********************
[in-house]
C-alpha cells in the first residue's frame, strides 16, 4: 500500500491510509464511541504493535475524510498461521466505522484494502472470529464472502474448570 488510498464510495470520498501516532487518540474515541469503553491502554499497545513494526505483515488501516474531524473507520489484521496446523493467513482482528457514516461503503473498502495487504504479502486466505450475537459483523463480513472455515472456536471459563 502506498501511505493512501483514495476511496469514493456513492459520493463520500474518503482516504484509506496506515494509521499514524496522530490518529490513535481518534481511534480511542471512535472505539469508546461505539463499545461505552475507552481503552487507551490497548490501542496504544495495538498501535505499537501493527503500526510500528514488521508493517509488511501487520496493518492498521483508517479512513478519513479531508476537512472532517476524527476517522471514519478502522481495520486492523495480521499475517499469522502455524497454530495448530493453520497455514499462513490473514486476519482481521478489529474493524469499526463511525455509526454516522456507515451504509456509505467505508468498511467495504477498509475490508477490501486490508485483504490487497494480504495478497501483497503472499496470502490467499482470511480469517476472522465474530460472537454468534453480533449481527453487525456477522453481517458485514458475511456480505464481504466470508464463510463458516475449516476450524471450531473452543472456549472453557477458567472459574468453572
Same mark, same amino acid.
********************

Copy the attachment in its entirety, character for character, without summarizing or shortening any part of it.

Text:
[in-house]
C-alpha cells in the first residue's frame, strides 16, 4: 500500500491510509464511541504493535475524510498461521466505522484494502472470529464472502474448570 488510498464510495470520498501516532487518540474515541469503553491502554499497545513494526505483515488501516474531524473507520489484521496446523493467513482482528457514516461503503473498502495487504504479502486466505450475537459483523463480513472455515472456536471459563 502506498501511505493512501483514495476511496469514493456513492459520493463520500474518503482516504484509506496506515494509521499514524496522530490518529490513535481518534481511534480511542471512535472505539469508546461505539463499545461505552475507552481503552487507551490497548490501542496504544495495538498501535505499537501493527503500526510500528514488521508493517509488511501487520496493518492498521483508517479512513478519513479531508476537512472532517476524527476517522471514519478502522481495520486492523495480521499475517499469522502455524497454530495448530493453520497455514499462513490473514486476519482481521478489529474493524469499526463511525455509526454516522456507515451504509456509505467505508468498511467495504477498509475490508477490501486490508485483504490487497494480504495478497501483497503472499496470502490467499482470511480469517476472522465474530460472537454468534453480533449481527453487525456477522453481517458485514458475511456480505464481504466470508464463510463458516475449516476450524471450531473452543472456549472453557477458567472459574468453572
Same mark, same amino acid.